Top Girls : The Successful Woman and Her Not So Successful Life

Leni Parker (Nijo)_Top Girls by André Lanthier

Top Girls written by Caryl Churchill and directed by Micheline Chevrier examines what it means and what it entails to be a successful woman. The play revolves around Marlene (Laura Condlln), who has been promoted to the top position of a London employment agency. Victorian adventuress Isabella Bird, a Japanese Emperor’s mistress, Pope Joan, and a Flemish avenger born from a Brueghel painting are there to celebrate.

This play had everything going for it – good actors, good writing, cool set, fun music, and wow factor in the form of a dramatic light show. Unfortunately, the elements just didn’t come together right.

France Rolland, Julie Tamiko Manning, Laura Condlln, Lucinda Davis, Leni Parker_Top Girls by André Lanthier

France Rolland, Julie Tamiko Manning, Laura Condlln, Lucinda Davis, Leni Parker_Top Girls by André Lanthier

The actors were all clearly talented, but somehow, instead of complementing each other, they created a muted, uninteresting whole. Dialogue was quick – in the beginning, actors even spoke over one another to imitate the chatter of a dinner party. I like the idea of doing this, but in the surreal situation the play proposed – a bunch of successful historical female figures at a dinner party – it severely impeded audience understanding. Though the dialogue was rapid, the accents were thick, and the body language was telling, there was just not enough charisma on stage to make it work. The characters didn’t have enough chemistry for the witty banter to feel anything but contrived. The attempts at creating a sense of chatter – the overlapping conversations of a dinner party, or the bustling of a workplace – echoed emptily across the stage.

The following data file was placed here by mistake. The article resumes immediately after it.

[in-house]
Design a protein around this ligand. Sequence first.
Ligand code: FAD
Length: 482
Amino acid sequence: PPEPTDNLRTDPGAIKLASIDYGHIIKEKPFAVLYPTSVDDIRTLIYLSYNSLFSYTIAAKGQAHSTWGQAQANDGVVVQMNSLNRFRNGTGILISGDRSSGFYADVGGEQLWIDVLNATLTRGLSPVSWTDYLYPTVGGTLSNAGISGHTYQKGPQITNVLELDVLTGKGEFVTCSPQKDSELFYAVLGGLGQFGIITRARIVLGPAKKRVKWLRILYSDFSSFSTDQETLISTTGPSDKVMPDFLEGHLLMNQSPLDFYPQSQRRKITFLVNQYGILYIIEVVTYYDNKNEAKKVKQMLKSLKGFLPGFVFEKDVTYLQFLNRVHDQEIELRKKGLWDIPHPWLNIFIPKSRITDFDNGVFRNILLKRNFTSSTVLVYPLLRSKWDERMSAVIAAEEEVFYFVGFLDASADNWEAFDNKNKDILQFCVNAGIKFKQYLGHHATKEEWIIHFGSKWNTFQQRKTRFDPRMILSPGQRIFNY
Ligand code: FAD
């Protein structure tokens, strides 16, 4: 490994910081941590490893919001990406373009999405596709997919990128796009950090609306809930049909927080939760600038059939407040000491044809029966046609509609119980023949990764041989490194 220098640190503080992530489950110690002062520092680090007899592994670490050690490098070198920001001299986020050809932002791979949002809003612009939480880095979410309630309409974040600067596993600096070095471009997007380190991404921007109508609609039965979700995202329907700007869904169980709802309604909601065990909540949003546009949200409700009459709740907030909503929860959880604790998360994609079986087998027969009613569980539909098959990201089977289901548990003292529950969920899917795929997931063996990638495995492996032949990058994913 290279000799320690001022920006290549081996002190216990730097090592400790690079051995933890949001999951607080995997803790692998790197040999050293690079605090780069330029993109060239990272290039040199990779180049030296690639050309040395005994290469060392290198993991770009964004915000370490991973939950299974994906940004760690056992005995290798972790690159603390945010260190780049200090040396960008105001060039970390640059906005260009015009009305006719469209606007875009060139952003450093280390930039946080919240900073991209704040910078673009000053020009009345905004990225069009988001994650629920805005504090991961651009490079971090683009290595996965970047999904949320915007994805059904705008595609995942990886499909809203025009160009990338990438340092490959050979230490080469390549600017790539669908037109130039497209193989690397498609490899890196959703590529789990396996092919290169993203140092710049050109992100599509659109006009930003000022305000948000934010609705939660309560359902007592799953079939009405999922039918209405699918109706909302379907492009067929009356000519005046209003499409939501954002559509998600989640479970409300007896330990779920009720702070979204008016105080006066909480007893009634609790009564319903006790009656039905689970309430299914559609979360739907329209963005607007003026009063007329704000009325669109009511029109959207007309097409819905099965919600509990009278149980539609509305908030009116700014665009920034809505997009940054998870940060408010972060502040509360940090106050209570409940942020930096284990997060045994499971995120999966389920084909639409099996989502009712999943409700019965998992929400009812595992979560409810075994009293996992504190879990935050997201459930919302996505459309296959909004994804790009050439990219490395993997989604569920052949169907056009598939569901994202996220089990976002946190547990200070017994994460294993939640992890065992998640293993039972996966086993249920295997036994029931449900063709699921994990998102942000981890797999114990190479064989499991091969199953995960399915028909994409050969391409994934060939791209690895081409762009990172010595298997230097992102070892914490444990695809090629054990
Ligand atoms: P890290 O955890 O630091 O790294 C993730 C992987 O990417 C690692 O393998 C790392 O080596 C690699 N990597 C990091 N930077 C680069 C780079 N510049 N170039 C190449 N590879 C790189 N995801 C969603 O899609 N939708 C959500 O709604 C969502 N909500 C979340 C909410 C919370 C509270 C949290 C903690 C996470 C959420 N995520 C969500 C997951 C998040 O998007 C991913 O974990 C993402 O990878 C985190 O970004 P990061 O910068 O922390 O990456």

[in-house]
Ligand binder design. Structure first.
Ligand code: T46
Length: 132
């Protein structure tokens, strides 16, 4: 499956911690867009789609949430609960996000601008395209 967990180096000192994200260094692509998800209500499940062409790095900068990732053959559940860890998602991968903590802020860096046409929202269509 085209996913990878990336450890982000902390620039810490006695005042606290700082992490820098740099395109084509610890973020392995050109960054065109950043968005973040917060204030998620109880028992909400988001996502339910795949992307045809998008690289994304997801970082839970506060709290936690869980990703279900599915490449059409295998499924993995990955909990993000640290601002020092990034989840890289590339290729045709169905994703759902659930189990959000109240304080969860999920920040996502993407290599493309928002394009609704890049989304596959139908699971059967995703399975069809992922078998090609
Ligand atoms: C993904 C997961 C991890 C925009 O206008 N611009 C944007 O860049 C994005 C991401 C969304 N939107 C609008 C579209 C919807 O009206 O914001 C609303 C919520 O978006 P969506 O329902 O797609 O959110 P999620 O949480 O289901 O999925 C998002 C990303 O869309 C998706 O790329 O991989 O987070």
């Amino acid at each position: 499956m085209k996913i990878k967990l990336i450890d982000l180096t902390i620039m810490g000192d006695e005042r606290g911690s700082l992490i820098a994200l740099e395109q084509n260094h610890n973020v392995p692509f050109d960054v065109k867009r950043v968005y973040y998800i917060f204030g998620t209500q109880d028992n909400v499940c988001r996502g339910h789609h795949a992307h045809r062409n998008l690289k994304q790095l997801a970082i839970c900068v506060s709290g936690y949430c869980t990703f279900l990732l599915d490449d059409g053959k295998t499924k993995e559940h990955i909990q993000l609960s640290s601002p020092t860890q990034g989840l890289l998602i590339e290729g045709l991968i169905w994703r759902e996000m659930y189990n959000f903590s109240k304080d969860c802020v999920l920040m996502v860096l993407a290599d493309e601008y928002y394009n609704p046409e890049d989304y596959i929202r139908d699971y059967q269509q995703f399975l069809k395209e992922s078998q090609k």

Laura Condlln (Marlene)_Top Girls by André Lanthier

Laura Condlln (Marlene)_Top Girls by André Lanthier

The theme of the play was success, or rather, the pitfalls thereof. From the very beginning, a heavy negativity about the whole business was being hammered into the audience. Even in the scenes that were supposed to show the glittering façade of a successful lifestyle, it was deeply obvious that the core was rotten. Of course, the play is about that rotten core, but if the audience doesn’t have a moment to appreciate the benefits of success, the downside will not be as poignant. The lack of contrast or subtlety made the play start to feel long very early on.

Leni Parker (Joyce), Laura Condlln (Marlene)_Top Girls by Andre Lanthier

Leni Parker (Joyce), Laura Condlln (Marlene)_Top Girls by Andre Lanthier

The set was comprised of a series of white, modern-looking desks and chairs. In every scene they were moved into a different formation. While the white furniture was striking, the time it took to move off and on and across the stage was ridiculous. In an effort to make people moving furniture in synchronization seem entertaining, the light panels in the background flashed in time with electronic beats. Usually, this is the sort of thing I eat up –- hell, this is why I love the Segal. They always go the extra mile to dazzle the audience. In this case, however, apart from being long and boring, these transitions felt completely detached from the rest of the play. They severed whatever fragile suspension of disbelief the audience had built up. In a play that runs two and a half hours, having transitions that long is unnecessary and, for me, anyways, aggravating.

Unfortunately, Top Girls was the very definition of close, but no cigar.

Top Girls plays at the Segal Centre (5170 ch de la Cote St. Catherine) until May 18th. Check website (click HERE) for details. $24-49.

also of interest